“Colds” are caused by viruses. RSV (Respiratory Syncytial Virus) is one of the viruses that cause “cold” symptoms. Those symptoms are coughing, sneezing, runny nose, sore throat, earache, fever.
For most people a typical cold will hang around for one to two weeks. The symptoms remain mostly in the upper respiratory area of our body. We usually feel better when we eat some chicken soup, take medications that treat symptoms, gargle with salt water and rest.
The population most at risk for a cold to turn into something more dangerous, such as RSV, are people who are immune compromised, babies that are 6 months or younger, any child that has chronic lung disease, infants who were born preterm at less than 35 weeks gestation, babies with congenital heart disease or any lung or airway complication. Others who are at risk are babies that have school-age siblings, have a family history of asthma, attend day care, or are exposed to smoking.
RSV is spread like any other “cold” type virus. When a person who is infected coughs or sneezes, virus containing droplets fill the air. We “catch” the virus by touching a surface where the virus has settled, touch the surface, and inadvertently touch our mouth, nose or eyes. An infection can also happen by simply breathing in the virus.
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Effective hand washing is the best way to prevent an infection. Soap, water and rubbing your hands together for at least 15 seconds is considered good hand washing. If you think you have been exposed to the virus, change your clothes when you get home, minimize touching your face and clean household surfaces with a disinfectant.
According to the American Academy of Pediatrics, around 125,000 babies and preschool children are admitted to a hospital with a serious RSV infection every year. RSV is usually not a problem for school age children and adults. That is because of a stronger immune system and larger airway.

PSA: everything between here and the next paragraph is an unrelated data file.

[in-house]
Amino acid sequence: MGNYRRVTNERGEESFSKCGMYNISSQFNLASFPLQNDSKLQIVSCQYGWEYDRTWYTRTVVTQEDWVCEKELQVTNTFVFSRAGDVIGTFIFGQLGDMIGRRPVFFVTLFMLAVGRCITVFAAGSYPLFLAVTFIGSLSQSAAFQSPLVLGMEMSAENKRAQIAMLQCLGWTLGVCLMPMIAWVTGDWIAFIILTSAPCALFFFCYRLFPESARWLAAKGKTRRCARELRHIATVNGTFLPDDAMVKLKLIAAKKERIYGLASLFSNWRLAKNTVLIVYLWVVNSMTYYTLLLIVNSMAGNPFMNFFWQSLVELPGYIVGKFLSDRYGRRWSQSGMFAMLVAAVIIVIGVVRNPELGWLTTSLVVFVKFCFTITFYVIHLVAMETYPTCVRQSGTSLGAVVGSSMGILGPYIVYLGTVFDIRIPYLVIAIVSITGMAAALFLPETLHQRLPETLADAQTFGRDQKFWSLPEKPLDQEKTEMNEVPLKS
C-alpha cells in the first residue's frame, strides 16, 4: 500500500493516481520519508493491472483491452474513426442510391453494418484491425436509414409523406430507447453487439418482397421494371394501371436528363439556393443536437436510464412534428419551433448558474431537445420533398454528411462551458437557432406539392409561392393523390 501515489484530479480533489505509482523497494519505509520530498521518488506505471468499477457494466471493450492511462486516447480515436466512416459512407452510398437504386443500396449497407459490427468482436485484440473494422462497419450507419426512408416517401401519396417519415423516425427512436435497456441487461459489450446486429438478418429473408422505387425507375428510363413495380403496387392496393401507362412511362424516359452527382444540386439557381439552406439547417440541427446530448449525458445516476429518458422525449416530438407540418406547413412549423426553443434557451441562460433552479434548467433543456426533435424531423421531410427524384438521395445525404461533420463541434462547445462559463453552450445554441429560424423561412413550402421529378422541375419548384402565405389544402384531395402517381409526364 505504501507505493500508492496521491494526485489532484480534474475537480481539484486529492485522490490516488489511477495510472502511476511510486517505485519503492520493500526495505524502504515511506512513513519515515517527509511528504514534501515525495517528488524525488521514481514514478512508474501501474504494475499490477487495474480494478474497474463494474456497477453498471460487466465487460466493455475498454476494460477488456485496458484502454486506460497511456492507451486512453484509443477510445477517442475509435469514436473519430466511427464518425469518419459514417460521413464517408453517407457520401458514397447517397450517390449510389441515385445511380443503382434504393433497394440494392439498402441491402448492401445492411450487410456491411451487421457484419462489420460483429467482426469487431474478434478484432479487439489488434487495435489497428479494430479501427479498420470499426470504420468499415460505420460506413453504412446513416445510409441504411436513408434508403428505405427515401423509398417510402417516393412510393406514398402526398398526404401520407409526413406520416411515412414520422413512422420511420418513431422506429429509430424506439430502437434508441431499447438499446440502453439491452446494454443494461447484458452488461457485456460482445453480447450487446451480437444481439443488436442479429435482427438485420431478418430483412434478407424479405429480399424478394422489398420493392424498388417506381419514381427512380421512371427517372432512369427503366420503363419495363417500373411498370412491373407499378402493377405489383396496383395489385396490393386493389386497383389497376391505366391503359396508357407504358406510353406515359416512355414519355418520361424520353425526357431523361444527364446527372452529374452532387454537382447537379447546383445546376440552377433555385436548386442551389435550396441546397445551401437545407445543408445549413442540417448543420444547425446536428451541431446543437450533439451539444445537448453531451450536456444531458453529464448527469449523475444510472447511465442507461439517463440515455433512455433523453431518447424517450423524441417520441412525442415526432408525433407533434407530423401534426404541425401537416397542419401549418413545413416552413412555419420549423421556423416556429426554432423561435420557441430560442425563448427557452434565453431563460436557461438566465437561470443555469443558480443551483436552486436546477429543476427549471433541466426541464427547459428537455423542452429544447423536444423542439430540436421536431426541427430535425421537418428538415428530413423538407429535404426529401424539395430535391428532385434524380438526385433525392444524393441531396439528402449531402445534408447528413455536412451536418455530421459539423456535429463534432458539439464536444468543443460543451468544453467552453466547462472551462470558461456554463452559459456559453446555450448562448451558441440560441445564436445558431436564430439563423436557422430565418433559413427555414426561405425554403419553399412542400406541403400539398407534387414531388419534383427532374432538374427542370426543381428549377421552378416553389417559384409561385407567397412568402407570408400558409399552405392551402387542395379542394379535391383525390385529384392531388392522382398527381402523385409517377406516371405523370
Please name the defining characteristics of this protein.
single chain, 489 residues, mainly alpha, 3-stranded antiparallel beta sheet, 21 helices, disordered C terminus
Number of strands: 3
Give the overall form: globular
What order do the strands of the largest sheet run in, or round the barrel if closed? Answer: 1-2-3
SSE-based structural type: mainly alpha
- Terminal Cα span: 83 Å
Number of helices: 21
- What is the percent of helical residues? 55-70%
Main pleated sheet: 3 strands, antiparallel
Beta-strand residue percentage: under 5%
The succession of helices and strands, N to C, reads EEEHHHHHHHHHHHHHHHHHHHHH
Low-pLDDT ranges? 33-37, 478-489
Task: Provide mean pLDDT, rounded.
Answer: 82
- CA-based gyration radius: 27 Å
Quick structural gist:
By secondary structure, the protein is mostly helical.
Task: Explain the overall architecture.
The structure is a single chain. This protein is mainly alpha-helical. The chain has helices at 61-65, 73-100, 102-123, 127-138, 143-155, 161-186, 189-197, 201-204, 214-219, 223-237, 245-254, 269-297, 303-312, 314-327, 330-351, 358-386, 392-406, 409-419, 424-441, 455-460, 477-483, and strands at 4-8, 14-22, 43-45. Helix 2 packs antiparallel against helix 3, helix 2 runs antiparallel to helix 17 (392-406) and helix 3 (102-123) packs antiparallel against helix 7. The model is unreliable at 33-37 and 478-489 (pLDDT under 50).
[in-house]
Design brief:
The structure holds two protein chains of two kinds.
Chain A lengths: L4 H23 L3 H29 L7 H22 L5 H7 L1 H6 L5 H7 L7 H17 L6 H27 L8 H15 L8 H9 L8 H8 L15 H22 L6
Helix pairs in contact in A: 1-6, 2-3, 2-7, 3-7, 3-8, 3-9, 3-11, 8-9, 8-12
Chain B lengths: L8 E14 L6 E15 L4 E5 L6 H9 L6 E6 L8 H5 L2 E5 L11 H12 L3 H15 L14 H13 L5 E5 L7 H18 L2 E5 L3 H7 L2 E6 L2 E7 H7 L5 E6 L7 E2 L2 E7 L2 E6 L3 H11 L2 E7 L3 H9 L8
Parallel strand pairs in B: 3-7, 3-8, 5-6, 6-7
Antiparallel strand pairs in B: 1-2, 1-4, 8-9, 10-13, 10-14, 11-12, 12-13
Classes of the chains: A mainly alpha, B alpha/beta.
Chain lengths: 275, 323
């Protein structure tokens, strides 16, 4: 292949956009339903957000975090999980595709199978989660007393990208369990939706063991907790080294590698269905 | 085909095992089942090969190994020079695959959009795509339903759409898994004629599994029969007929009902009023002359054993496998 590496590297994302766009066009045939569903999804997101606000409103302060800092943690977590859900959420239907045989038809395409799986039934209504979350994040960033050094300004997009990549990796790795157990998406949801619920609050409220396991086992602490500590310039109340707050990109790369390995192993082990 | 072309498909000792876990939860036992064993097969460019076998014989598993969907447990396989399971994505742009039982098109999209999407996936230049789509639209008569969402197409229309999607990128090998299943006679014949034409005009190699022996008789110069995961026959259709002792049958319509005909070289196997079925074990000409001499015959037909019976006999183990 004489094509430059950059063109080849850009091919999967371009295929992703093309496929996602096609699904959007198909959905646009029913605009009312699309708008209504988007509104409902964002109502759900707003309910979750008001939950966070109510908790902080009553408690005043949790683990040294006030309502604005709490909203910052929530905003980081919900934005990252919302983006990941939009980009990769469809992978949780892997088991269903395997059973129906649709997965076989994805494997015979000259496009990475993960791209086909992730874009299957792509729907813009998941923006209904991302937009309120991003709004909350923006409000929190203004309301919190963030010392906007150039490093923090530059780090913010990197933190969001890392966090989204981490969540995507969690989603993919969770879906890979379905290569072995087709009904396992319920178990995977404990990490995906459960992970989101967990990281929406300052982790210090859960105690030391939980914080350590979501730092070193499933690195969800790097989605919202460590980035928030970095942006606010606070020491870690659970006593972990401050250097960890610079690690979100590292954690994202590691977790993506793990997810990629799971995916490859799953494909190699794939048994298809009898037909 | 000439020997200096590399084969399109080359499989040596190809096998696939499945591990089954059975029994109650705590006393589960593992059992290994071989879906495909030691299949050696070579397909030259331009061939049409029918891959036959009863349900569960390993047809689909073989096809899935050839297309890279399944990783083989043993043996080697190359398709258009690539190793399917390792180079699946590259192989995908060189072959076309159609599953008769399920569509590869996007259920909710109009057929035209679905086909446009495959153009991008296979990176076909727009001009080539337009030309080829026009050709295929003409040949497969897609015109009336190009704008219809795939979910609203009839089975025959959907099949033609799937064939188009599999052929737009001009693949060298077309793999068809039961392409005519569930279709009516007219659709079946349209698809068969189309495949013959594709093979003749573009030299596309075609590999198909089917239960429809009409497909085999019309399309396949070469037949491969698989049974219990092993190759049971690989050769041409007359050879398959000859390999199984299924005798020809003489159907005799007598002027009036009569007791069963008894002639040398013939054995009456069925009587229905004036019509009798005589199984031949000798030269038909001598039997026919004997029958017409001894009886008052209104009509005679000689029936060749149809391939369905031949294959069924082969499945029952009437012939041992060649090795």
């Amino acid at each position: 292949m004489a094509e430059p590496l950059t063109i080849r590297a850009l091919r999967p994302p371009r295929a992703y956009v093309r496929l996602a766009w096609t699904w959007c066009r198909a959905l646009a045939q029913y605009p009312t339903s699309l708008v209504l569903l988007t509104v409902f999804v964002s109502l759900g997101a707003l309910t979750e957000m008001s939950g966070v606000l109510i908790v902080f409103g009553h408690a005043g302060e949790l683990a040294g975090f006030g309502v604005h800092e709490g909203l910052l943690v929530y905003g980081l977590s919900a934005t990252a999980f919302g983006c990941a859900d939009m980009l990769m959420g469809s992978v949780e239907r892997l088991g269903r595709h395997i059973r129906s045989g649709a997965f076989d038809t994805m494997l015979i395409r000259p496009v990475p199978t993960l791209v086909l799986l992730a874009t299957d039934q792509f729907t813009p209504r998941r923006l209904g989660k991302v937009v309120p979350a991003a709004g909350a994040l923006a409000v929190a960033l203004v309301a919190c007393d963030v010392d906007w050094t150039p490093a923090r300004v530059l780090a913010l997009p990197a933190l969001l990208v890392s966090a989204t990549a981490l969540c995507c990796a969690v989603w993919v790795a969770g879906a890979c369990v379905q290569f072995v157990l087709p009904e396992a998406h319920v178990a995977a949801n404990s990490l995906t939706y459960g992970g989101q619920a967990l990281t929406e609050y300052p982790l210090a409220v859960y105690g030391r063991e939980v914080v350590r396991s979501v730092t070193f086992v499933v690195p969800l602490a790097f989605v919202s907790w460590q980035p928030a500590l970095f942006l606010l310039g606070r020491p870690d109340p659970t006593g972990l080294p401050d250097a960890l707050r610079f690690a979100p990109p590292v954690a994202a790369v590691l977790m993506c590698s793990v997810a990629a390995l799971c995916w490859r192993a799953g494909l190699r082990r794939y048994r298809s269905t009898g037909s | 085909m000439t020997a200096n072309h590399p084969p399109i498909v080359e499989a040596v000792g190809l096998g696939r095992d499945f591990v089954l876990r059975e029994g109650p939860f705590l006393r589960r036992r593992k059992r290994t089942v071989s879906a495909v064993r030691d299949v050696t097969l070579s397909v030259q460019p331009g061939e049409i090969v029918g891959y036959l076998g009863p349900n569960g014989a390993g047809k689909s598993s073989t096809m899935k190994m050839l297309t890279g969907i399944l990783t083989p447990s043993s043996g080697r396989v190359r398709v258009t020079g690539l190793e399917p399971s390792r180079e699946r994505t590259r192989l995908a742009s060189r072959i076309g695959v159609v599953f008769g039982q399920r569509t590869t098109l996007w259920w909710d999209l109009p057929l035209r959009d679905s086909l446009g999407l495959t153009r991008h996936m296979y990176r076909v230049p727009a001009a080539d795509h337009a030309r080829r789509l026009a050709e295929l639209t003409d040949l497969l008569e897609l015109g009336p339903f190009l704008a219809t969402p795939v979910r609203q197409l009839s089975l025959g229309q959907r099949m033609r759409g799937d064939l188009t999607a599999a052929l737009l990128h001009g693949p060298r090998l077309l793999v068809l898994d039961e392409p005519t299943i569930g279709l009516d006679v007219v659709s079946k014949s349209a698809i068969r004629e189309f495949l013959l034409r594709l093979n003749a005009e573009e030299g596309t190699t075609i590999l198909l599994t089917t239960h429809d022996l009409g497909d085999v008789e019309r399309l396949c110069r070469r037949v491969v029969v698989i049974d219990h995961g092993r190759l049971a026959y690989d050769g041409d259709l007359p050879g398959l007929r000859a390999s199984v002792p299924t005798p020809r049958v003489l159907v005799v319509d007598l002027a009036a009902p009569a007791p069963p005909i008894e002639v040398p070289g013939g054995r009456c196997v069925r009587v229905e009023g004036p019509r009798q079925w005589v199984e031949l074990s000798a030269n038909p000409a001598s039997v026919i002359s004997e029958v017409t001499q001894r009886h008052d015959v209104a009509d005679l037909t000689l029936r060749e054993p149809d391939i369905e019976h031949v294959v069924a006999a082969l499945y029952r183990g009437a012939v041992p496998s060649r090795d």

If you ever have any concern about your child’s breathing you need to seek medical help. RSV infections cause coughing, wheezing, and sometimes gasping for breath. A sore throat, bluish fingernails and coloring around the lips, flaring nostrils, earache, fever, irritability, loss of appetite, unusual sleepiness are also signs of a RSV infection.
The treatment is based on the symptoms.
There is no vaccination to prevent a RSV infection. However there is drug that we give to all preterm babies that helps prevent serious RSV infections. It is called Synagis (Palivizumab). Synagis reduces the risk of pneumonia and other lung complications attributed to RSV. It works by disallowing the RSV protein to fuse, which inhibits its entry into cells. The American Academy of Pediatrics has guidelines on which children should receive this medication.
We are heading into what is considered cold and flu season. Take care to wash your hands, limit exposure to people with colds. If you are sick with symptoms be considerate by limiting to whom you expose the virus.
Live well, be well.
Katie Powers, R.N., is a board-certified lactation consultant and perinatal educator at Manatee Memorial Hospital’s Family BirthPlace. Her column appears every other week in Healthy Living. Contact her at firstname.lastname@example.org.